HARARE, Zimbabwe — A recent study of the radio broadcasting landscape in Zimbabwe shows that while some progress has been made, growth is still needed in terms of signal coverage, licensing and the availability of news and information.
Patience Zirima, executive director of Media Monitors, during the launch of the state of radio report in Harare in April.
In April, Media Monitors published the study, “Radio Landscape in Zimbabwe: A report by Media Monitors on the typology of radio in Zimbabwe,” which found that radio here broadcasts music 57 percent of the time, with very few news bulletins or current affairs content available for listeners. Advertisements and sponsored programs constitute seven percent.
Media Monitors, an organization that aims to “promote freedom of expression and responsible journalism in Zimbabwe,” also noted that a majority of stations countrywide still need to boost their signal reach and quality in order to offer improved coverage, particularly in rural areas.
The study found that all stations show similar trends in programming, with high percentages of music, followed by talk shows or phone-in programs and that despite the country’s 16 official languages, most of the rare news bulletins are only aired in English, Shona and Ndebele.
Commissioned in May 2016, the report covered four state-controlled Zimbabwe Broadcasting Corp. channels (SFM, Radio Zimbabwe, Power FM and National FM); and two private national commercial free-to-air stations, Star FM and ZiFM. It also included Channel Zim, an alternative satellite channel, which beams from outside the country and is received via inexpensive free-to air decoders. Eight newly licensed local commercial stations were not yet on air when the study was carried out.
Regarding advertising, findings show that ads account for just two percent of overall radio programming. Star FM, owned by Zimpapers, a government entity has the largest amount of advertising with 51 percent.
“Individual stations’ advertising patterns mirrored the overall picture. Breakfast and drive times took most of the commercials,” states the report. “Channel Zim has a different model of operation because it is a not-for-profit station. Virtually all of its promotional content aims to promote the stations broadcasting on the channel, the imminent threat being the government’s move to set up deterrent stipulations of how nonstate owned stations are to be funded.”
Geographical coverage for radio within Zimbabwe stands at 72.8 percent, fluctuating from station to station with Radio Zimbabwe being the most accessible with 95.8 percent reception. The capital Harare and second capital Bulawayo recorded 100 percent coverage.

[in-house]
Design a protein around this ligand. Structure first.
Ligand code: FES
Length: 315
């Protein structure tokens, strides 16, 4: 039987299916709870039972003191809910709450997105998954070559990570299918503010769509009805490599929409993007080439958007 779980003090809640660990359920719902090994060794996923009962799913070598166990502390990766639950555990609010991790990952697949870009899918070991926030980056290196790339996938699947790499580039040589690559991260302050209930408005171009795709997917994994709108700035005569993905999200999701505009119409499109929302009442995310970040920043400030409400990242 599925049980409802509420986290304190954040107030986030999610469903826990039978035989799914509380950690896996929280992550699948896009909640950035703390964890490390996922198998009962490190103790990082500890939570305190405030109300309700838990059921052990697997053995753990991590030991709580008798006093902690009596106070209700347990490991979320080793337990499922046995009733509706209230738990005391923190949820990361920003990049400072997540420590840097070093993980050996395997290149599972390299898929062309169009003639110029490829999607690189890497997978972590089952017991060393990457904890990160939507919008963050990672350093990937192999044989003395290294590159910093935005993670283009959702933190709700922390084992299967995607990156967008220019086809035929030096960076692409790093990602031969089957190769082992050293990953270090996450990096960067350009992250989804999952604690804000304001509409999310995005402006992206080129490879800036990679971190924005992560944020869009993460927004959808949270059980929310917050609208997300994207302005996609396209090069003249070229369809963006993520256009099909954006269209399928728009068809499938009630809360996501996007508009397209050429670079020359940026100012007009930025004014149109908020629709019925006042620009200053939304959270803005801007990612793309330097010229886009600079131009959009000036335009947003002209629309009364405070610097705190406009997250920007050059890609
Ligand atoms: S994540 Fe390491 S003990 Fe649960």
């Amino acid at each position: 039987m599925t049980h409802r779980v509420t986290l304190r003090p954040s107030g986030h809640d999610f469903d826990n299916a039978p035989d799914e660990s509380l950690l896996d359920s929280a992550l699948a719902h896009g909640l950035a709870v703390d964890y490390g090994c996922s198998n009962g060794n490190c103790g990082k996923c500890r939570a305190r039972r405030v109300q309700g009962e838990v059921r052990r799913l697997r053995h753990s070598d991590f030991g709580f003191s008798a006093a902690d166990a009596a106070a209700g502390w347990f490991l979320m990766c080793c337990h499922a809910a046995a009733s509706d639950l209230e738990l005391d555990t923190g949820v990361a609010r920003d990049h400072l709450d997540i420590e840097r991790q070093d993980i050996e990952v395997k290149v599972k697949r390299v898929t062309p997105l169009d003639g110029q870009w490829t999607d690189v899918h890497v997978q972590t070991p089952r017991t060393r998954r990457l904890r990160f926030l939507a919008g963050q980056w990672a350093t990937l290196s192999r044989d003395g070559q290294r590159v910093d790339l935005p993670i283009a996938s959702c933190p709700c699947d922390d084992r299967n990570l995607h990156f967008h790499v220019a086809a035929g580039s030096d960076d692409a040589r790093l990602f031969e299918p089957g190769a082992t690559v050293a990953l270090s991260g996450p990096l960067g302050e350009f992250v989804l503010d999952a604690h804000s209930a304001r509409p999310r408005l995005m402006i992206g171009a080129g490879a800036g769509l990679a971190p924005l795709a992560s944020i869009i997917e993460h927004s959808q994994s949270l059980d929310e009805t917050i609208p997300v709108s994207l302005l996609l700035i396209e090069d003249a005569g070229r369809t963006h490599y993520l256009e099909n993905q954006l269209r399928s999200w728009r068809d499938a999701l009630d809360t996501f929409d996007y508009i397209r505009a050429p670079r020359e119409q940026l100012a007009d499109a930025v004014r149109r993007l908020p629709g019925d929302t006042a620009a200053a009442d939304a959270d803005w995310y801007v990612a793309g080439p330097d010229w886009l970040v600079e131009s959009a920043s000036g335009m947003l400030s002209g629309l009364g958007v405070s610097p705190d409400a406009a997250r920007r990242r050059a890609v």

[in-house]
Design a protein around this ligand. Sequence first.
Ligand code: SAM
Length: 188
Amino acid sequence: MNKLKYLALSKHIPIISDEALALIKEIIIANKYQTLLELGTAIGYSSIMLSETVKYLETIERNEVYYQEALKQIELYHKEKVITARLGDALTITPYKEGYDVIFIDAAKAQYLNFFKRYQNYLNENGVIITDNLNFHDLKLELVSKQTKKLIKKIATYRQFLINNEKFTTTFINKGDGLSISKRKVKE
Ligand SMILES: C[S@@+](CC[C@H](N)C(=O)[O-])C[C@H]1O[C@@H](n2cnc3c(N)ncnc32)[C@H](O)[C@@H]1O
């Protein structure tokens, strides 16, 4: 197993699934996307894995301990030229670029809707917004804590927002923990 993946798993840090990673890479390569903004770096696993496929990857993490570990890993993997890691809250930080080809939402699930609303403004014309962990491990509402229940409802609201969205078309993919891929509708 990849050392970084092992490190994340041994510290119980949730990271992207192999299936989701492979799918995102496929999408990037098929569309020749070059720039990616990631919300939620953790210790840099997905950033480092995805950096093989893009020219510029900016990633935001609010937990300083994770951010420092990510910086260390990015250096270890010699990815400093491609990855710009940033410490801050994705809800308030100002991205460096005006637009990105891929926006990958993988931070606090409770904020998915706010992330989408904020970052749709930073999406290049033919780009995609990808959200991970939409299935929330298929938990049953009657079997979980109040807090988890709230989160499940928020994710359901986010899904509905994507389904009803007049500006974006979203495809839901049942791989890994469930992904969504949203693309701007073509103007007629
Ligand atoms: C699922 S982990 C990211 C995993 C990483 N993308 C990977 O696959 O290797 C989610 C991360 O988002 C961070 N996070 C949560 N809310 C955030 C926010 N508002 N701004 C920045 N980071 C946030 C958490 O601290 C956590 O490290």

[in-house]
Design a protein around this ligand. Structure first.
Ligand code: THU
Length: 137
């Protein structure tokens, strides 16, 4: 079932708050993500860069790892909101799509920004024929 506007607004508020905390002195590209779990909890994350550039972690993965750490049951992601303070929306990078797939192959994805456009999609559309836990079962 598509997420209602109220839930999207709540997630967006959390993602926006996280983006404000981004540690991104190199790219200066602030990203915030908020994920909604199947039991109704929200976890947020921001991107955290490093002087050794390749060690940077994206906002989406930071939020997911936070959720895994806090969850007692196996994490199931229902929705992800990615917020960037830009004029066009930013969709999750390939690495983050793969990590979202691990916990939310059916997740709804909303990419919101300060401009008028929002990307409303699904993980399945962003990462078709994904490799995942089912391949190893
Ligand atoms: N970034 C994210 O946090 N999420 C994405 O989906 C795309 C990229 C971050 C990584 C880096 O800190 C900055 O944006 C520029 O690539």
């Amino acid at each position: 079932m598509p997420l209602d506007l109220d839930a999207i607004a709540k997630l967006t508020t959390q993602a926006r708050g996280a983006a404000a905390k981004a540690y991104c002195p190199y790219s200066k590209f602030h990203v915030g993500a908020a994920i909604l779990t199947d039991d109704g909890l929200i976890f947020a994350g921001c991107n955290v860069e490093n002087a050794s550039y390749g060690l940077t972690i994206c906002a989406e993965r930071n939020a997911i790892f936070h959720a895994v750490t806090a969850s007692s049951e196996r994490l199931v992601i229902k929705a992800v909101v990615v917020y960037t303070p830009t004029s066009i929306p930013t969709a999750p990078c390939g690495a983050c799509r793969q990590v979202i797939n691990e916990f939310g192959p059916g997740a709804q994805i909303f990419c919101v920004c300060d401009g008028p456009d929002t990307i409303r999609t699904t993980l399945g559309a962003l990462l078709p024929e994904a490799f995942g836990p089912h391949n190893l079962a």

Commenting on reception, 54 percent of respondents in the country’s 10 provinces said it was good, 19 percent said it was bad, while 27 percent said they had no reception.
Talk and news bulletins provided balance to the composition of local radio programming at 25 percent with most subject matter being for amusement.
In addition, the report found that “Radio audiences were heard just 8 percent of the time. Power FM is the most interactive station as it affords its listeners more airtime to share their views. Participation was mainly through game shows, birthday messages, greetings and music request shows. Listeners’ voices were not prominently heard during current affairs programs and discussions on ‘bread and butter’ issues on which politicians, experts and celebrities were given the platform to speak.”
As for the availability of current events and news, Channel Zim had the second longest bulletins along with SFM. VOA Studio 7 and Radio VOP, both broadcasting to Zimbabwe using alternative platforms, offer the longest bulletins at one and a half hours per day.
The report concludes with a call for the immediate licensing of community radio stations, which it says, would cater to citizens in the remotest parts of the country. It also said “Instead of improving access to information, the introduction of local commercial radio stations exposed gaps in their scope.”
Meanwhile, there are a number of ongoing community radio initiatives, such as Radio Dialogue, CORAH and Patsaka-Nyaminyami. These stations are ready to hit the airwaves and are currently sharpening their skills on the alternative Channel Zim platform, while waiting for an official license.
As of press time, however, the government had not yet published a timeline for community radio licensing in the country.
John Masuku writes for the industry from Harare, Zimbabwe.